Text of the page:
Q: I know the American Society for Testing and Materials (ASTM) approves several grips (the requirement is they be “flat”) to perform ASTM D4632 and ASTM D5034. We use a hard, smooth rubber surface for the woven geotextile and a slightly serrated surface for the nonwoven geotextile. One of our customers is using a smooth metal surface.
I am trying to understand what effect a tongue-and-groove surface might have on the test results for a woven material. Can you provide a quick explanation or point me in the direction of some literature I could read to understand this better?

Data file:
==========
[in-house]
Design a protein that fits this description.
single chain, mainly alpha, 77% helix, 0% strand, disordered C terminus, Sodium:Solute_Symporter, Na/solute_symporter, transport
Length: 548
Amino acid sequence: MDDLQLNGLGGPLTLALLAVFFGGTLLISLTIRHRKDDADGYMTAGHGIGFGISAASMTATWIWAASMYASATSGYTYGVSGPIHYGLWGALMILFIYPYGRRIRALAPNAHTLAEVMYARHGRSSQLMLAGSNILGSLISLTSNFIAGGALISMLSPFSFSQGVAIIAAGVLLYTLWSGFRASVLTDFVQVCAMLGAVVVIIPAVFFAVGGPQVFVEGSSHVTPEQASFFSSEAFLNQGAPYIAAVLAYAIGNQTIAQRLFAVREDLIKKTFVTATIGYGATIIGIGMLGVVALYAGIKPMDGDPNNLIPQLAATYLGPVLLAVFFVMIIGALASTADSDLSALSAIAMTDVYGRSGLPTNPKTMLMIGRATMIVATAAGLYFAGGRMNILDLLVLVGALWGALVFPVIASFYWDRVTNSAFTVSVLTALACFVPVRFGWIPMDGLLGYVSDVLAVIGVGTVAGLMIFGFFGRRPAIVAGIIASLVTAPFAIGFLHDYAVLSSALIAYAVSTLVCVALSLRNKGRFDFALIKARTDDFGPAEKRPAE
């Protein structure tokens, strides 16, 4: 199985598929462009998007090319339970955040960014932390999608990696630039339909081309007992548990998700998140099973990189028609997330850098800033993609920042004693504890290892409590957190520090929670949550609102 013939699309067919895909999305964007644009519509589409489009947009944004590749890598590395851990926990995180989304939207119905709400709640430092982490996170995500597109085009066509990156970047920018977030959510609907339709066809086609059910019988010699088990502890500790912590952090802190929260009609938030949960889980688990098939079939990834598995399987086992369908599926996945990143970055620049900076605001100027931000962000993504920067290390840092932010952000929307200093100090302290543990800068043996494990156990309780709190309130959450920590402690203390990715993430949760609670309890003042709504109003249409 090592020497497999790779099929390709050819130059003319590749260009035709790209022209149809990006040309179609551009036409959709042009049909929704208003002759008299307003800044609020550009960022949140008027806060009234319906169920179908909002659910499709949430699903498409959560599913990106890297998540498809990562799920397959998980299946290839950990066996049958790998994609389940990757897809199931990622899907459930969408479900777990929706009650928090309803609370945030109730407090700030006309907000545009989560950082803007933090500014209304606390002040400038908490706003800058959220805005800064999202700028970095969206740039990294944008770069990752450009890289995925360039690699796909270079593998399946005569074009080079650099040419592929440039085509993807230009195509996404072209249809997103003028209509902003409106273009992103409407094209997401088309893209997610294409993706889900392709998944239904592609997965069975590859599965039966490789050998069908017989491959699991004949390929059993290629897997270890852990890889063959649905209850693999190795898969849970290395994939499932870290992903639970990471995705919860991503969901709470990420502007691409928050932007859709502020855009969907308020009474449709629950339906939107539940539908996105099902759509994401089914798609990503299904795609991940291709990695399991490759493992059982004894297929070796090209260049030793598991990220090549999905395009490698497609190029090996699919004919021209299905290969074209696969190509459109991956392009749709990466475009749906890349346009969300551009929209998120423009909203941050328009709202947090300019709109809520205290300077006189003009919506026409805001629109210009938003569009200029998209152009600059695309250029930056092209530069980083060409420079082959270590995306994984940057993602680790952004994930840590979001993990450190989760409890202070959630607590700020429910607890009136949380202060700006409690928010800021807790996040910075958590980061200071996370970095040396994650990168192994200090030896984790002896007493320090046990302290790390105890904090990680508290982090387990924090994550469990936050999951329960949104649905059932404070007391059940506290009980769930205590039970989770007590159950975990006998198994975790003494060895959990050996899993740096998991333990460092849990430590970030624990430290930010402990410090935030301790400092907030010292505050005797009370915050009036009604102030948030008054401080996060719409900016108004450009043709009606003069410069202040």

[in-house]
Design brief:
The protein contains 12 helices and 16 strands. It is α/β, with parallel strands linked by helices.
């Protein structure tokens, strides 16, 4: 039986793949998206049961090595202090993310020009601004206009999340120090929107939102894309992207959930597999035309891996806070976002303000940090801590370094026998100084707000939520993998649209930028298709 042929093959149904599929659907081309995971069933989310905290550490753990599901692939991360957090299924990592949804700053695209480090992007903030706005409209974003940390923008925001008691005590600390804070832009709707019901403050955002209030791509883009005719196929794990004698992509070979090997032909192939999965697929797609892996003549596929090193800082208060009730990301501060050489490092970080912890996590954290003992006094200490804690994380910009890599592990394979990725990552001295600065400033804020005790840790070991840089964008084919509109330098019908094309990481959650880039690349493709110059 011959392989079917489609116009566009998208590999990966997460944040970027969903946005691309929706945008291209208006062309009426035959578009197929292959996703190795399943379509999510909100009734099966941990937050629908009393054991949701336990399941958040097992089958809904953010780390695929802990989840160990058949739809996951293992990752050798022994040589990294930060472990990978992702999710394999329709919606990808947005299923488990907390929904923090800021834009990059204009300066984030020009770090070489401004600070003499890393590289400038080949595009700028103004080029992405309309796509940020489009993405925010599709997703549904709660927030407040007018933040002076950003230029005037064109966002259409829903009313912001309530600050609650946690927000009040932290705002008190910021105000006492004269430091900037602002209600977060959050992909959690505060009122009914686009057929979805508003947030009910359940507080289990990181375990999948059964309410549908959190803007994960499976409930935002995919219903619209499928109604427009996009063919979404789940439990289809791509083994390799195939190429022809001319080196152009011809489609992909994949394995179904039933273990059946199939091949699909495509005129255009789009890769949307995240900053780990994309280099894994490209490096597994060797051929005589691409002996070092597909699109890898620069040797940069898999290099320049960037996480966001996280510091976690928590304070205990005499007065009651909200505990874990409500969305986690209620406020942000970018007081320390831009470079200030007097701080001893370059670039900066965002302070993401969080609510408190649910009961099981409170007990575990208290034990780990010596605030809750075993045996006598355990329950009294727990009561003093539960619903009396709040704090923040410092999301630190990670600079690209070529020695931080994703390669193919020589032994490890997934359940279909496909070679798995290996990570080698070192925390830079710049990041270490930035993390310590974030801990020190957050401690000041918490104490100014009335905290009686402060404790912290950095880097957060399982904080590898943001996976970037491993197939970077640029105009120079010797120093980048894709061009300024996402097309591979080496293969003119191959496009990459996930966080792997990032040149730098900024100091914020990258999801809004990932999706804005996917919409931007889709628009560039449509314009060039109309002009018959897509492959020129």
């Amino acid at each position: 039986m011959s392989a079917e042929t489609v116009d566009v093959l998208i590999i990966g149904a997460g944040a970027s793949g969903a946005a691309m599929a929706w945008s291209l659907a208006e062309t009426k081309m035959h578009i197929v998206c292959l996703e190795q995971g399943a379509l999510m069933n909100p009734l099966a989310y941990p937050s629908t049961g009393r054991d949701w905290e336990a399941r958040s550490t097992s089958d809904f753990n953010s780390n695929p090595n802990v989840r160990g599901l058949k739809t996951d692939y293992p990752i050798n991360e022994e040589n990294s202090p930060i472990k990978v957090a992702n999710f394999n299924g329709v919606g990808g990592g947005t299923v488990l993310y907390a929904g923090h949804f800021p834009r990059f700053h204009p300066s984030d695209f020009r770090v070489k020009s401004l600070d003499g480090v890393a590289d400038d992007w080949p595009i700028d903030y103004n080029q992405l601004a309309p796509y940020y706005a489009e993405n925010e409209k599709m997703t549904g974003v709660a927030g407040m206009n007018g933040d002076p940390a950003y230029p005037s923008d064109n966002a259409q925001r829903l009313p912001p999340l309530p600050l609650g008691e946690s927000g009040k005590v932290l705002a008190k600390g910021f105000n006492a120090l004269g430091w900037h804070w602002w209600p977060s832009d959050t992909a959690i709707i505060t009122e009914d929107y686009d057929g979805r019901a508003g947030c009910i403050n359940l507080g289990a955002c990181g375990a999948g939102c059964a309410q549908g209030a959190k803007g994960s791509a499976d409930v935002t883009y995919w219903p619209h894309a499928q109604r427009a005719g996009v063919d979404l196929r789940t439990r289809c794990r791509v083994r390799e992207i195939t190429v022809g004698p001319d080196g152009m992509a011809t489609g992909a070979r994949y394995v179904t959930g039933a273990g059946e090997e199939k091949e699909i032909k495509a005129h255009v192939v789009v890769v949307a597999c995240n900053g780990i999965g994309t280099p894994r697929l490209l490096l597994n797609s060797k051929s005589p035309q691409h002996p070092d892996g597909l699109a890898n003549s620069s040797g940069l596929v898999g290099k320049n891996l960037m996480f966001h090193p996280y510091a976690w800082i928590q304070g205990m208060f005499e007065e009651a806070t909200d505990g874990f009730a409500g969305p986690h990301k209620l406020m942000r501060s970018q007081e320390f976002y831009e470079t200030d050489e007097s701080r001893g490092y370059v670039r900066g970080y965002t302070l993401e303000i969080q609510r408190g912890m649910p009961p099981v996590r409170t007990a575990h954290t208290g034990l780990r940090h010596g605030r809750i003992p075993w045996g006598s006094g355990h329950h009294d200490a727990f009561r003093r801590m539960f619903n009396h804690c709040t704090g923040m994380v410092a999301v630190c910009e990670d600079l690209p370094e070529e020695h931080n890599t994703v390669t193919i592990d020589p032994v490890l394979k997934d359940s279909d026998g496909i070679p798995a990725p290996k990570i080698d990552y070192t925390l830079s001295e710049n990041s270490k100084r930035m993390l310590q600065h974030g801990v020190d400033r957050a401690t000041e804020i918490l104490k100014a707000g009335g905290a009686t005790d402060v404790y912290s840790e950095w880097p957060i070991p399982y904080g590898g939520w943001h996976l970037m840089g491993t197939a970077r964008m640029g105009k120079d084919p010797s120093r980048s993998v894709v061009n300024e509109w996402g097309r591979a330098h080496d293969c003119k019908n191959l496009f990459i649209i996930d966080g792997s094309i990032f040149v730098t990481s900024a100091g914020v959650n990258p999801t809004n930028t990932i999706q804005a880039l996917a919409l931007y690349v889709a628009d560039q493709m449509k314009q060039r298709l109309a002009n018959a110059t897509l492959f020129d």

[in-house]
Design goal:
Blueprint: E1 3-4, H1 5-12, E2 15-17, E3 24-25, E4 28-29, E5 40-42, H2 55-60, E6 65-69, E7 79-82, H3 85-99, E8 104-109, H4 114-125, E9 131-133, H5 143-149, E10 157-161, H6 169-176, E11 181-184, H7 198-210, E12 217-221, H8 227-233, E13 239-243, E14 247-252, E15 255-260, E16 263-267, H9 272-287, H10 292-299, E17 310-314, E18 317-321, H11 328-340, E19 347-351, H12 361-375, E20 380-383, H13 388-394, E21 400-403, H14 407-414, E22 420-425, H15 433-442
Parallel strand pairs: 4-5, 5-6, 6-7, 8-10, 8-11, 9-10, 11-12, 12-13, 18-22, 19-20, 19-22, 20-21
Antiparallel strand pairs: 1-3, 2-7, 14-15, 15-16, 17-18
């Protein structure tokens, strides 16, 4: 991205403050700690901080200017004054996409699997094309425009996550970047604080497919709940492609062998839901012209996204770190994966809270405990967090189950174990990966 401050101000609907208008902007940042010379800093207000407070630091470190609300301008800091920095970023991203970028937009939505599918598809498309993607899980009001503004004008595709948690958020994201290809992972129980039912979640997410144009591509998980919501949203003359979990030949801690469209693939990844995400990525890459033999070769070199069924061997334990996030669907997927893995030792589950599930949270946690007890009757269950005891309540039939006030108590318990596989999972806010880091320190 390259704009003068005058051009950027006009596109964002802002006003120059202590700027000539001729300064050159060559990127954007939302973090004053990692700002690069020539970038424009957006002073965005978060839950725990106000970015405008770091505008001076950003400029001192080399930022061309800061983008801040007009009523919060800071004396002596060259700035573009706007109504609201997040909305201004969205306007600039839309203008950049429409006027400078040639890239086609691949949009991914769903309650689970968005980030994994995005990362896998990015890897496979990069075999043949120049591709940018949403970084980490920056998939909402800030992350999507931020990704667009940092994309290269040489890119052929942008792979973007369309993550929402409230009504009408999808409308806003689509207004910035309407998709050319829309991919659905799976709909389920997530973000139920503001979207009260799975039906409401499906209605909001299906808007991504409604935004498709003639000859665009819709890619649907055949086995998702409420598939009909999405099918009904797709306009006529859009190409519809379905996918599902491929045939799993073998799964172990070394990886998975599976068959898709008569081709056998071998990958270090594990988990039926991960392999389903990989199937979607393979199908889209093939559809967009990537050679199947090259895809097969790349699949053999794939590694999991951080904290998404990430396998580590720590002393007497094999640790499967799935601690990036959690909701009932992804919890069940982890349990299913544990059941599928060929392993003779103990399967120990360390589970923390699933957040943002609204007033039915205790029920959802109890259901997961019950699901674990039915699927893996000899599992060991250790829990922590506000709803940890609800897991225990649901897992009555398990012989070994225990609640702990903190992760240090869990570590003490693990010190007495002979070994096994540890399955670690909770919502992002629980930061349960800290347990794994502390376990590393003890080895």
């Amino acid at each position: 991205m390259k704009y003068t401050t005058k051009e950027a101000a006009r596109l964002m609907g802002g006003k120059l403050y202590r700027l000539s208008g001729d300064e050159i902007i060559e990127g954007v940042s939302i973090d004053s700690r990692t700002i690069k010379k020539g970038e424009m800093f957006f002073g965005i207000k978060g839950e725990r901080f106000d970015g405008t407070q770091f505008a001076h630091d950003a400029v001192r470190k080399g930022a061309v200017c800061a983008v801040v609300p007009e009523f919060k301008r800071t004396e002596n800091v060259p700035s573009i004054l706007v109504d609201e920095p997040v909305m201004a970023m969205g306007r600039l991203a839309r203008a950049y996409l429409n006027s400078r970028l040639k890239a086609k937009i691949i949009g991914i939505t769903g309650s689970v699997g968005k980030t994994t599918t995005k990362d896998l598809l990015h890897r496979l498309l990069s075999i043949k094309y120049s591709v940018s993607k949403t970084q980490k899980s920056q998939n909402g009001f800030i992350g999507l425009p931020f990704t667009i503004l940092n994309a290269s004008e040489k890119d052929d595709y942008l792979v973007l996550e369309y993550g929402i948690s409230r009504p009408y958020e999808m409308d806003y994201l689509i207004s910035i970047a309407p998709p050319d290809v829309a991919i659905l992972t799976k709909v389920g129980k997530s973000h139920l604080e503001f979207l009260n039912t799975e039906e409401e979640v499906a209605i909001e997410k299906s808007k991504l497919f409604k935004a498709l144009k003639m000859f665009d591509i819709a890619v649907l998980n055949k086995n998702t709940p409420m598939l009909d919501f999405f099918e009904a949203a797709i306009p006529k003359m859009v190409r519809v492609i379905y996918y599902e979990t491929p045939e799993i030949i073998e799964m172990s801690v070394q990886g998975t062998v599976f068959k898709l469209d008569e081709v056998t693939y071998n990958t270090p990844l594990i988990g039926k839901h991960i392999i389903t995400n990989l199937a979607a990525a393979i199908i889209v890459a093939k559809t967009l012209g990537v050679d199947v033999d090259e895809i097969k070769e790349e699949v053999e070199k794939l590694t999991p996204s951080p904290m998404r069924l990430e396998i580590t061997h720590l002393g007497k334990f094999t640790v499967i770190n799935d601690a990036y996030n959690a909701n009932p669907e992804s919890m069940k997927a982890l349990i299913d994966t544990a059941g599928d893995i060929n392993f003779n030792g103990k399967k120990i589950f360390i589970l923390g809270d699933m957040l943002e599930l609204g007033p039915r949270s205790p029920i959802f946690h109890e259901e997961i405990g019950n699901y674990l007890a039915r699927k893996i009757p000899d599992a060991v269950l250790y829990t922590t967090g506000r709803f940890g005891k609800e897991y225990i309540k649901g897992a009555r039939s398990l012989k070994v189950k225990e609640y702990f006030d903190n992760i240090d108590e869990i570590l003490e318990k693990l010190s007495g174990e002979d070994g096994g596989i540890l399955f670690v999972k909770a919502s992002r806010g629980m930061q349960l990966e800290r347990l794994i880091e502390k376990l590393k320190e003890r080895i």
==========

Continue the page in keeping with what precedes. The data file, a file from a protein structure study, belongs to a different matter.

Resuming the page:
A: Figure 1 shows three grip faces that are okay to use for the ASTM D4632 and ASTM D5034 grab test method. However, the grip faces of Figure 2 are not acceptable. They are not “flat” as required in section 6.2 of the ASTM D4632 standard. Such grips have two effects on the geotextile prior to testing. The first effect is that they preload the specimen. Hence, the modulus and elongation values will be off (the elongation will be less, and the modulus will be higher). Secondly, the tongue-and-groove faces use up much more than 2 inches (50 mm) of material in the length direction of the grips versus the flat faces. This leads the strength to be as much as 10% higher, depending on the severity of the profile and the type of material tested.